There are plenty of good seats available for this Jaguars game against the… (Steve Cannon / Associated…)
Reporting from Jacksonville, Fla. — The Jacksonville Jaguars have an inside track on an NFL playoff berth, one of the league's most marketable stars in running back Maurice Jones-Drew and play in a sun-splashed region filled with passionate football fans.
Then why, in winning Sunday for the seventh time in 10 games, did the Jaguars draw a home crowd of just 42,079, the smallest in franchise history?
It's a confounding problem, one that happens regularly, and eventually could lead to the Jaguars' leaving for Los Angeles, even London, or perhaps playing part of their schedule in Orlando.
Consider this: A year after the league's 32 teams combined for nine television blackouts, the Jaguars will nearly match that number themselves -- none of their eight home games is expected to be broadcast locally. And that's with tarps that reduce the official capacity at Municipal Stadium from more than 80,000 to 67,164. The team's average attendance this season is 45,550.
Fifteen years after the Jaguars began playing as an expansion franchise -- in the largest city in land area in the contiguous United States -- one question will not go away:
Was it all a big mistake?
"We're growing generations of fans and clearly we're going through a very difficult period right now," Jaguars owner Wayne Weaver said recently. "And obviously it's escalated where we are, and people are writing about us on a national basis. But I still believe this market is a great NFL market, and will be a great NFL market."
All NFL teams have been forced to make adjustments and concessions to attract fans and business support in recent years, so the Jaguars are not alone. But theories abound -- theories beyond the nationwide economic downturn -- as to why the Jacksonville franchise has been hit especially hard.
Whereas top-tier franchises such as the New England Patriots, Dallas Cowboys and Washington Redskins fill their new or newer stadiums and don't need to devote such a large percentage of their overall revenues to paying players, teams struggling to fill the seats -- Jacksonville, St. Louis, Oakland and others -- are simply trying to keep their heads above water.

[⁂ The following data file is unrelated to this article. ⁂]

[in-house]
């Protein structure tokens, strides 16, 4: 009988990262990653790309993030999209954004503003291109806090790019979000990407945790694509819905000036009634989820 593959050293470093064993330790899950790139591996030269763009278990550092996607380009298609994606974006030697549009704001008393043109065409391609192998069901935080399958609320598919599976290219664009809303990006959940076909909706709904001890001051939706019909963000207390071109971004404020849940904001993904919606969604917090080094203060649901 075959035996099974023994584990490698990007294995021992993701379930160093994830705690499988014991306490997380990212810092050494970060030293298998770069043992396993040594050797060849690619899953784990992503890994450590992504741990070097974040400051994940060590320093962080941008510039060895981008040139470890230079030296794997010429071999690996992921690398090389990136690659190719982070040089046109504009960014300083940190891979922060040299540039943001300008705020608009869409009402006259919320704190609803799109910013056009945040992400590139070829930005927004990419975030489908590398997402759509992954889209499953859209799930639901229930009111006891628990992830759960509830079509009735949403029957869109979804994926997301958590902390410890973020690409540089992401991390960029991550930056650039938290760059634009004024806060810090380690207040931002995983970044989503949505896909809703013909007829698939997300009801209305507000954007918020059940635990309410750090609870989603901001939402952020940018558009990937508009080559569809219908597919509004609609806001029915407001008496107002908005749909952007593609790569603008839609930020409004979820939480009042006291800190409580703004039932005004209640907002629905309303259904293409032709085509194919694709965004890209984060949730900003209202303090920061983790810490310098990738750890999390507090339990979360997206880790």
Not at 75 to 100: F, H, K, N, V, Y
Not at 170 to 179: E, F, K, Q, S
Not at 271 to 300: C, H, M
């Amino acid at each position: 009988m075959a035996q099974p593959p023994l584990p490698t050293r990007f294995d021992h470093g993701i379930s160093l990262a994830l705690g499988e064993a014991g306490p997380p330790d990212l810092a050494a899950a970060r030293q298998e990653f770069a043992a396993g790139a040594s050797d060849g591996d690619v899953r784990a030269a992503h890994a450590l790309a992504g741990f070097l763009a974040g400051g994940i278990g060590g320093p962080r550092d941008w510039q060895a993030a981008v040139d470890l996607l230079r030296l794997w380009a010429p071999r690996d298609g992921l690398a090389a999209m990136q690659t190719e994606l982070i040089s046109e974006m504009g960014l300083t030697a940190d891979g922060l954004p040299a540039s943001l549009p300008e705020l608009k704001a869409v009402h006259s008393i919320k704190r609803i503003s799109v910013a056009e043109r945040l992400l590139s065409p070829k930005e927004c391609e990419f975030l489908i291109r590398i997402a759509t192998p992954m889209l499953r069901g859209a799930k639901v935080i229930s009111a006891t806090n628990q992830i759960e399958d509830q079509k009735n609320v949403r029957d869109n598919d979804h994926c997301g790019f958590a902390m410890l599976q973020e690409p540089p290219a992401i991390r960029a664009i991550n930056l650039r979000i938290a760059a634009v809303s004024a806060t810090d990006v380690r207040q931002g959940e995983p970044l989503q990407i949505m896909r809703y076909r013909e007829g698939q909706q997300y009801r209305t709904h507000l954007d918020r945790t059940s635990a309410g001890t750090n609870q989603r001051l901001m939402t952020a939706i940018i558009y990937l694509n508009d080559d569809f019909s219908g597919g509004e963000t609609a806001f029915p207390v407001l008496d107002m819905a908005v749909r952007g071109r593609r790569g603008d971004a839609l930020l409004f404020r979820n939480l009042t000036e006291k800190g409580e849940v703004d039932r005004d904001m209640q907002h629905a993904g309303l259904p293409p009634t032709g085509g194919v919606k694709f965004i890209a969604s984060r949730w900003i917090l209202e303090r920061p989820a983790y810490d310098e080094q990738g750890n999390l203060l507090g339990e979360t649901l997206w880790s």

In early 2008, arguing that the restructured collective bargaining agreement forced them to spend too much on player costs, NFL owners unanimously opted out. The current deal expires after the 2010 season, and owners such as Weaver are feeling the pinch most profoundly.
The problem: When teams such as the Cowboys, Patriots and New York Giants and Jets get new stadiums, that translates into more money for them -- and bumps the salary cap ever higher. The small-market teams that don't have new venues (or can't fill the ones they have) have no way to generate the kind of additional revenue they need to keep pace. The gap widens, threatening the kind of haves-and-have-nots system that afflicts Major League Baseball.
In another blow to small-market teams, the NFL announced last weekend that it is suspending its current revenue-sharing program. That means the richest teams will no longer have to subsidize the bottom eight to the tune of about $100 million a year, $15 million to $20 million of which would be marked for Jacksonville.
"The league did not know 15 years ago that the collective bargaining agreement was going to be so unbalanced that it was going to create some seriously disadvantaged franchises," said Marc Ganis, president of Chicago-based SportsCorp, a sports business consulting firm. "[The Jaguars] could weather a recession, they could weather a community that is marginally large enough to support an NFL team. But when you overlay the CBA, that's what has caused the situation to be untenable right now."
There's the notion that the mild falls and winters allow people to focus on activities other than watching football on weekends, or that the NFL never achieved the foothold that college football enjoys in the region, or that the Jaguars simply got too good too quickly -- making it to two AFC championship games in their first five seasons -- before settling into a more typical growth pattern for an expansion team.
Tom Phillips, a Jaguars season-ticket holder who owns several team fan shops in Jacksonville, compares the city's relationship with the team to a marriage that's lost its spark.
"It's kind of like you get 15 years in and you've stopped opening the car door for her, or maybe you've stopped bringing your dishes to the sink," he said. "And then all of a sudden you wake up one day and think, 'What if she wasn't here?'
"That's kind of where we are with the team now. What if the team wasn't here? People just need to find a reason to say, 'OK, timeout. We could lose this team.' "
That sense of urgency was palpable earlier this season when John Peyton, mayor of Jacksonville, made an unusual televised plea for fans to buy tickets.